The Catholic Church has failed to communicate with its followers using language that they can understand. Where are the Catholic authors who can write bestselling novels like The Da Vinci Code and the Left Behind series? Fr. Andrew Greeley had some success in the 1980s with The Cardinal Sins and Thy Neighbor's Wife, but the hierarchy didn't exactly approve of his novels either.

What can librarians learn from all this? We can't just leave it to others to tell the people who we are; that's why the stereotypes about librarians continue to flourish. We have to be the ones to go out there and tell people who we are. It's not enough to complain about inaccurate images of librarians; we must be able to present alternative, positive images in movies, books and, yes, blogs =)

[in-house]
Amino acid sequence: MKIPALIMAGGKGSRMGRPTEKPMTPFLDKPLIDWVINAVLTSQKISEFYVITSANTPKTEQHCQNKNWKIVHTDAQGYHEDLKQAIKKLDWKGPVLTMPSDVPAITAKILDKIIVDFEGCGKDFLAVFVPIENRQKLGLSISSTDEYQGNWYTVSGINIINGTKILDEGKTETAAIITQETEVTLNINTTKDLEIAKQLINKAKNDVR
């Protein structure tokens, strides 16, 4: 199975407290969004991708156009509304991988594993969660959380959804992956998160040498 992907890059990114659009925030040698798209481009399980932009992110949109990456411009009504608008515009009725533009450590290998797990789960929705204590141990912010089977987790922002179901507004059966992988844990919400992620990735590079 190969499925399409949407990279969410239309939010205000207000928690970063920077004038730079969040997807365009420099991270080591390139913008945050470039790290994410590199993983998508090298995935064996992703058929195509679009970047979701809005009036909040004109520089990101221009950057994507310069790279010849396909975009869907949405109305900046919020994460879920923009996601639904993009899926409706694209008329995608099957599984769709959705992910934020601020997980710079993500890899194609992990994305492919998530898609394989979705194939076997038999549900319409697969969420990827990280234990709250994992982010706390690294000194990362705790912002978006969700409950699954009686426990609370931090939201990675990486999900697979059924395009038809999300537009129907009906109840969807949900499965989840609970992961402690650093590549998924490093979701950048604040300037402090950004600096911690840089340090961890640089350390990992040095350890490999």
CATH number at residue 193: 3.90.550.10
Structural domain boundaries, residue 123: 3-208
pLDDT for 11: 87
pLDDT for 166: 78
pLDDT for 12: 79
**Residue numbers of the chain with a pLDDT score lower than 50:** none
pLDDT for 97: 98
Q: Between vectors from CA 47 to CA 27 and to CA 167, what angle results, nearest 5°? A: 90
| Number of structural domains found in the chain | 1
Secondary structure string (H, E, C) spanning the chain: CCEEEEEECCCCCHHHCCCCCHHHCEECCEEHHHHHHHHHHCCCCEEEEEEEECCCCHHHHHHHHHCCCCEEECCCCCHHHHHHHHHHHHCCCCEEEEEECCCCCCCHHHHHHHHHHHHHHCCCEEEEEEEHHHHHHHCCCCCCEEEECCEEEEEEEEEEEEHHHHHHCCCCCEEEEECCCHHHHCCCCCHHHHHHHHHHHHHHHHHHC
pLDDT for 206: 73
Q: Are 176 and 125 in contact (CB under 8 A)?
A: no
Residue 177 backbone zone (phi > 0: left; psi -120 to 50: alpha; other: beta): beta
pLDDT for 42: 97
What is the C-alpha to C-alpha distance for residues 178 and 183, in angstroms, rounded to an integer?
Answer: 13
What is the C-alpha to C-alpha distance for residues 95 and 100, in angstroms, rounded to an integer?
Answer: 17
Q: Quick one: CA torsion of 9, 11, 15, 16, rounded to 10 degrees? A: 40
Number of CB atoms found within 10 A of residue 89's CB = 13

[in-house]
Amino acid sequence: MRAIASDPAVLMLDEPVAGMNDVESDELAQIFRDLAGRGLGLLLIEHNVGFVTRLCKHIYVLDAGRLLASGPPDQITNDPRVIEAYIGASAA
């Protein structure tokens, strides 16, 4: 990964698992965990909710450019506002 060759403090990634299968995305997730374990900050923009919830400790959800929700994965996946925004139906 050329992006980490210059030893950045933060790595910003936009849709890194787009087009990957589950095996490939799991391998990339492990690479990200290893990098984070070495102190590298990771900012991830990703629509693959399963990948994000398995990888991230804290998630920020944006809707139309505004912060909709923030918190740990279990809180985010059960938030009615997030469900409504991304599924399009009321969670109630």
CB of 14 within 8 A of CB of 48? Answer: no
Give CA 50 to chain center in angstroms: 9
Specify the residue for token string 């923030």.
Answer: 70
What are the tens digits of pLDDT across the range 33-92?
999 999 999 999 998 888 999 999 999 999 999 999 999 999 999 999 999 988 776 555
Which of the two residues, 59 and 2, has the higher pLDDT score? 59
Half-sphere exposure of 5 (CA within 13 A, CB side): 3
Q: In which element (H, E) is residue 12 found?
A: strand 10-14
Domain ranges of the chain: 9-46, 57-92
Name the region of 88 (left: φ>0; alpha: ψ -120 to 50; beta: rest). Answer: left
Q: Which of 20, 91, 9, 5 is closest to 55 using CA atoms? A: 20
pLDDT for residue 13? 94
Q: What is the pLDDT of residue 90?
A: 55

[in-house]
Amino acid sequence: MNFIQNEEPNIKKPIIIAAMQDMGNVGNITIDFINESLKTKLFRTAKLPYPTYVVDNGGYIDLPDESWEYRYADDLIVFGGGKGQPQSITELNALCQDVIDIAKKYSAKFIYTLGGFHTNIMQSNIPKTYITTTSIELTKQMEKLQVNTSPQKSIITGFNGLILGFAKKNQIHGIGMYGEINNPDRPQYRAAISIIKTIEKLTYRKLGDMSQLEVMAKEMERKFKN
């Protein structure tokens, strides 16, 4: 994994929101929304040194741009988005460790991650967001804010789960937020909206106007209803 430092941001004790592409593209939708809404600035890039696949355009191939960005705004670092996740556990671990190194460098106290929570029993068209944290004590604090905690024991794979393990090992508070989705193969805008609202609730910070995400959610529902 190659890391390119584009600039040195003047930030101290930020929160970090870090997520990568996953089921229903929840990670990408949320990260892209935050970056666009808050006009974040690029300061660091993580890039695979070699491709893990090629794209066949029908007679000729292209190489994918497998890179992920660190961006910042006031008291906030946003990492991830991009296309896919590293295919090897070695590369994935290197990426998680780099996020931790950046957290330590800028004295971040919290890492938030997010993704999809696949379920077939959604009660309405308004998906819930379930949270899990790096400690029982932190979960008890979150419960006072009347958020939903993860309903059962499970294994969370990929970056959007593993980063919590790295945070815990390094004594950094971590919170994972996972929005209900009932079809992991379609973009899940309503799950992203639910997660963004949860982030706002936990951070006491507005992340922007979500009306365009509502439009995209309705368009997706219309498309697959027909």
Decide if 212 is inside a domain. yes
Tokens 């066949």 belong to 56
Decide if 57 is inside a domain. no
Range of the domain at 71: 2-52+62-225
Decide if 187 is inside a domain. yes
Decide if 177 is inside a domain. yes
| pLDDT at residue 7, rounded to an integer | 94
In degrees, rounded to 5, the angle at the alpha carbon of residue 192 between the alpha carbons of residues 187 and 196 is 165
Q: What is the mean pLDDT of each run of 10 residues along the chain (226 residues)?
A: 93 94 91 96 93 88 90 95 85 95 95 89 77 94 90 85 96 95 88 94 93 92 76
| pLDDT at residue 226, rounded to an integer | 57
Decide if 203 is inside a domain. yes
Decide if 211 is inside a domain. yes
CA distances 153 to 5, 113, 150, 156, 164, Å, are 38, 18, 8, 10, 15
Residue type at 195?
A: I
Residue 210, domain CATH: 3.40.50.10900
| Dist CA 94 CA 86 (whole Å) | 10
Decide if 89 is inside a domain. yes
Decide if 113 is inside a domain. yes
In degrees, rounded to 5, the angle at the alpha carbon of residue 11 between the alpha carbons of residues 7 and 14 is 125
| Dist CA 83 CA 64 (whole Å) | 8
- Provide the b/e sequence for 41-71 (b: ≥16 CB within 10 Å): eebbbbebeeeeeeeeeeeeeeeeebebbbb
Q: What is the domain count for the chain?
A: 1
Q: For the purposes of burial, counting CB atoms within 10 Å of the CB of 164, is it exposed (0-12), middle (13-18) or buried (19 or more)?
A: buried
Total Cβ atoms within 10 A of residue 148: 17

Categories: Books and Movies, Religion


Filipino Mothers for Export

It's Mother's Day tomorrow. Check out everything that will be written about mothers on Google News, Yahoo! News and Topix.net (news and blogs).

But please consider "Global mamas" by Michael L. Tan (Philippine Daily Inquirer, 13 May 2006) and the report he discusses in his column: Save the Children’s "State of the World’s Mothers 2006" (press release, full report [pdf]). (Note: One big difference between bloggers and newspaper columnists is that the former can provide links that the latter forget or choose not to include.)